The Yr 3/4 Anzac Day Prayer Service held on Friday in our school hall was a very special way for our whole school community to remember, honour, pray for and reflect upon the incredible sacrifices made by so many.
It was really lovely to have a number of parents and grandparents attend the morning tea that followed.Many thanks for your presence – it is so important that children have opportunities to identify with significant events in our history and that they listen to and learn from people who have a story to tell.
Thank you also to parents who organised for children to wear medals from relatives who are now no longer with us – very special.
May our relationships with one another and our wider local, national and world family continue to grow in peace, tolerance and mutual respect.
This term Mrs Aroozoo and Sister Nok are working collaboratively to immerse students from Years 1-6 in an integrated study of Thailand. As Sr Nok comes from Thailand she immediately becomes a very rich resource for the study of this country – its language and culture and how it is alike and different from our own here in Australia. Watch this space for some of the wonderful opportunities children are being given throughout the term!
On Wednesday the 9th April, our St.Emilie’s swim team competed at our first ever Interschool Swimming competition at Aqualife in Victoria Park. The path to this competition started back in early March, where we had over 30 students commence early training sessions at Riverton Leisure Centre on Friday mornings.
After a number of gruelling morning sessions that also included time trials, St Emilie’s first ever swim team was selected. We arrived early to the venue, set up our tents and shortly after, our children were donning the brand new St. Emilie’s screen-printed swimming caps and diving into the water for warm ups.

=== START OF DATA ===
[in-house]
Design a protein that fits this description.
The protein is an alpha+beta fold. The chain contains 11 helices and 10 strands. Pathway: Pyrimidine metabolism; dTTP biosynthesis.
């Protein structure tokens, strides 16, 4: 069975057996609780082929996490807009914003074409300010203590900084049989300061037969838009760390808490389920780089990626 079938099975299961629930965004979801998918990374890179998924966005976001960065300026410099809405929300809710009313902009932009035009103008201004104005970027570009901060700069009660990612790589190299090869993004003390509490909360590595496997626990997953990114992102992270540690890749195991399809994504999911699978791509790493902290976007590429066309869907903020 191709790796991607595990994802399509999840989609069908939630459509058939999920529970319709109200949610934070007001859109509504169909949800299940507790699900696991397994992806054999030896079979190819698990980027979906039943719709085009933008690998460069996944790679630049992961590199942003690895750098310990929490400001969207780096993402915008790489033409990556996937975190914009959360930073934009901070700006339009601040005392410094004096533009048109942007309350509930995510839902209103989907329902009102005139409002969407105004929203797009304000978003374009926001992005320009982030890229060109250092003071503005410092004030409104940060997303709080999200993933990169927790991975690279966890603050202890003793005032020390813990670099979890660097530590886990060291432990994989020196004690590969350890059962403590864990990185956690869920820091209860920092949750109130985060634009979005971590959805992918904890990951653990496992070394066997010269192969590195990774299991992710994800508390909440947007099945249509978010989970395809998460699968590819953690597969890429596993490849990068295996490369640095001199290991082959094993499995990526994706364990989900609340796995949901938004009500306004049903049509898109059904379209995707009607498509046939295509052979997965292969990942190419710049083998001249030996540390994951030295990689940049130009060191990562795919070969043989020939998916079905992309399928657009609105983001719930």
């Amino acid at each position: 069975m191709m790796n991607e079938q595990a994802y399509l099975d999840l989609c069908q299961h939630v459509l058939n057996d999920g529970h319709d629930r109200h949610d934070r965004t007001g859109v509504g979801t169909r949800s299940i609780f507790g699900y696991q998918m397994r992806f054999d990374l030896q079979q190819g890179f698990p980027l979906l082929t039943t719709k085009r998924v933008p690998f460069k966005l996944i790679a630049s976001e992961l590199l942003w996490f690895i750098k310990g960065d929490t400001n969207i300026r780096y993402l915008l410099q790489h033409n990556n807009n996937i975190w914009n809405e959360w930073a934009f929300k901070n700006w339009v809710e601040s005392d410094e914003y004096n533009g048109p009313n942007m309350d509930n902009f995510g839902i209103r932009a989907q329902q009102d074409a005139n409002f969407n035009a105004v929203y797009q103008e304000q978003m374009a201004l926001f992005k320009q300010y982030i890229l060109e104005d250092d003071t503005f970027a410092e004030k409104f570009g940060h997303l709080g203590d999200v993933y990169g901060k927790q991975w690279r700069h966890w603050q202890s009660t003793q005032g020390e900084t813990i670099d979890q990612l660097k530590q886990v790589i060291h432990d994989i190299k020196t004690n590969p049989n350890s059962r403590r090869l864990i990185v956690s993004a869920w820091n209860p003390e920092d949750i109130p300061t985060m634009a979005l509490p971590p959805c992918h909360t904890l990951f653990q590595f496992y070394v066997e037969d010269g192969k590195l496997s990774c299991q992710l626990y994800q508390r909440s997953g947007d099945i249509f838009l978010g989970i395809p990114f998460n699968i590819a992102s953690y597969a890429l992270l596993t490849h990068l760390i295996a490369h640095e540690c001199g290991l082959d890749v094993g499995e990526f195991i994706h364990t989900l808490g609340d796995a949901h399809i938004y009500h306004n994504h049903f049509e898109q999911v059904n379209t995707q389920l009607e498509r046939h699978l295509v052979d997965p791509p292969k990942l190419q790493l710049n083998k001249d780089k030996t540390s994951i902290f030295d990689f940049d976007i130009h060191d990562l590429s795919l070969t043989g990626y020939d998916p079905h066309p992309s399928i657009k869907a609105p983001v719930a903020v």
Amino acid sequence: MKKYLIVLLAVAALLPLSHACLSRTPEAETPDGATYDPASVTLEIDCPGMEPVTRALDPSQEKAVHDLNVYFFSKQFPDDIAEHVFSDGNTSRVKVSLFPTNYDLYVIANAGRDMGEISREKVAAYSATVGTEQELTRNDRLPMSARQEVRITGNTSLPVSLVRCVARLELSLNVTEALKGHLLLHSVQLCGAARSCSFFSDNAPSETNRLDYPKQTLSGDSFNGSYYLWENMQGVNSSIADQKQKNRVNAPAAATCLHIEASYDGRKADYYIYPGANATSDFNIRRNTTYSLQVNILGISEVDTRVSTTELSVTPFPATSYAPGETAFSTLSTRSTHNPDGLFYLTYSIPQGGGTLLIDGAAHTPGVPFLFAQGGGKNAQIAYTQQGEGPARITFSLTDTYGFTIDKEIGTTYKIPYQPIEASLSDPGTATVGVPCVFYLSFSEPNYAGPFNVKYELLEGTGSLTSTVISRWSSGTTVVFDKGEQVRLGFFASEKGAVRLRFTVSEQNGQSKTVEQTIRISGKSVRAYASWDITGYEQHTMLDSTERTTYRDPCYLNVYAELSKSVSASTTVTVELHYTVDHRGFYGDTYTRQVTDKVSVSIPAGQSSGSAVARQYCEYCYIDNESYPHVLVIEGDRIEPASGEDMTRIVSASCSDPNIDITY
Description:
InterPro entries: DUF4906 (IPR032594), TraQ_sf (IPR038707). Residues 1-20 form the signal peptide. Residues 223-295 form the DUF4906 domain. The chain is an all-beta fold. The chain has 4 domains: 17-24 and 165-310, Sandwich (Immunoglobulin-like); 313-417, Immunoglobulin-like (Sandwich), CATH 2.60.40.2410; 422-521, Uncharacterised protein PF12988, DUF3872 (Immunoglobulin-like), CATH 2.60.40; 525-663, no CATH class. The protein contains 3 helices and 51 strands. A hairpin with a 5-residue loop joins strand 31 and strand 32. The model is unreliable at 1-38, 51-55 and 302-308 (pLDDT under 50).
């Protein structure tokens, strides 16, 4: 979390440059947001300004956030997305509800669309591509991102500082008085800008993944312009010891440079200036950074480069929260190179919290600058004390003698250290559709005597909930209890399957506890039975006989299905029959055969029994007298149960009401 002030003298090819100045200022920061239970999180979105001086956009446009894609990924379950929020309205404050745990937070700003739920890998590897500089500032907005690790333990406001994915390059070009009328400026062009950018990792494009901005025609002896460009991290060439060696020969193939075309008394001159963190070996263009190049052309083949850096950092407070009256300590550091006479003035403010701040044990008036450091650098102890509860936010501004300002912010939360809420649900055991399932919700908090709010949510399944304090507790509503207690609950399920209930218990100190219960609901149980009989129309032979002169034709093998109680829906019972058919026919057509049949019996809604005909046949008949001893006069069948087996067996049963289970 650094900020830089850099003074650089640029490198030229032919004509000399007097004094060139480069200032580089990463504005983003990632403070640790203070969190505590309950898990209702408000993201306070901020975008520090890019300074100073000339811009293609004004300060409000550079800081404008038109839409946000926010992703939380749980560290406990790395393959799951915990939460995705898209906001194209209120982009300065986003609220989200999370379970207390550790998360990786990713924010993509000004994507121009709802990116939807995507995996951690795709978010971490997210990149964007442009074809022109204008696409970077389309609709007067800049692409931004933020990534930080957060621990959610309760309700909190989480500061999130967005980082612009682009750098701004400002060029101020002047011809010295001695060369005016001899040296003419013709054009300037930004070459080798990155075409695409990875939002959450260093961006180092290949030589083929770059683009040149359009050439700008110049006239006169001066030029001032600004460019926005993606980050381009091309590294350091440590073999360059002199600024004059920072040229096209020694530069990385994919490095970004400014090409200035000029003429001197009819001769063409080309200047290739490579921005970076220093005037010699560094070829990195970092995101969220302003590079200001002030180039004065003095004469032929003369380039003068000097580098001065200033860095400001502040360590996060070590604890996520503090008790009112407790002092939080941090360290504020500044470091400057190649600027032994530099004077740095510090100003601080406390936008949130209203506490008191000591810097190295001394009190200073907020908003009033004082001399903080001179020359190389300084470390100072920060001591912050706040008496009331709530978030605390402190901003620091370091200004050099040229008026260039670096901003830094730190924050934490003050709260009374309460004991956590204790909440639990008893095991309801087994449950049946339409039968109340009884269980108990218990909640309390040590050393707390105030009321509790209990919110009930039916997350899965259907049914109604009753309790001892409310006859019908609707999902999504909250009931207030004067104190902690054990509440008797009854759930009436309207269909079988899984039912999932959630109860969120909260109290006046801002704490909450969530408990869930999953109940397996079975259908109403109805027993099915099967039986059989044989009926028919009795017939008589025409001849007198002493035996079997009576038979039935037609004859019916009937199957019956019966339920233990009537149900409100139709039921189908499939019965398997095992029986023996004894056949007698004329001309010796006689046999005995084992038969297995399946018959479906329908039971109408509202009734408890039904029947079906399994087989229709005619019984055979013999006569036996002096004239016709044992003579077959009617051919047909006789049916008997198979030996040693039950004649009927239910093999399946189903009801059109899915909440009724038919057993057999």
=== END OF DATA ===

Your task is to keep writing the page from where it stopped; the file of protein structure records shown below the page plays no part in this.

As the day progressed, a number of things became clear. Firstly, the attitude and behaviour of our St Emilie’s children was absolutely superb. Secondly, the support our team gave each other was outstanding. The pats on the back, the compliments they gave to each other and the smiles on their faces after completing a race were the best at the carnival. Thirdly, the parents St.Emilie’s had to support us at the pool were terrific.
We did not win the carnival, however we should be extremely proud of how hard our swimmers worked just to make it there.
Thanks must also go out to Mr Munro who made it to all the early morning training sessions . Mrs Aroozoo and Mrs Airey also deserve a lot of praise for their help on carnival day.
Hopefully next year we can add even more numbers to our squad and further progress our swim team.
Paul Davis, PE Teacher
On the school holidays I literally bumped into a man looking through our side gates. When I approached and asked if I could assist him, he explained he was looking for the Church. We got chatting and to my delight, I discovered that he was a visitor from Mexico and here on a working holiday. He was staying with his son (who lives around the corner from our school and who he had not seen for number of years) and was here to present a paper at the University of Western Australia on Resiliency. We exchanged emails and I invited Dr Flores to come back to see me when school started to have a chat about his work. We have since done this and have one more meeting time planned before he leaves for home.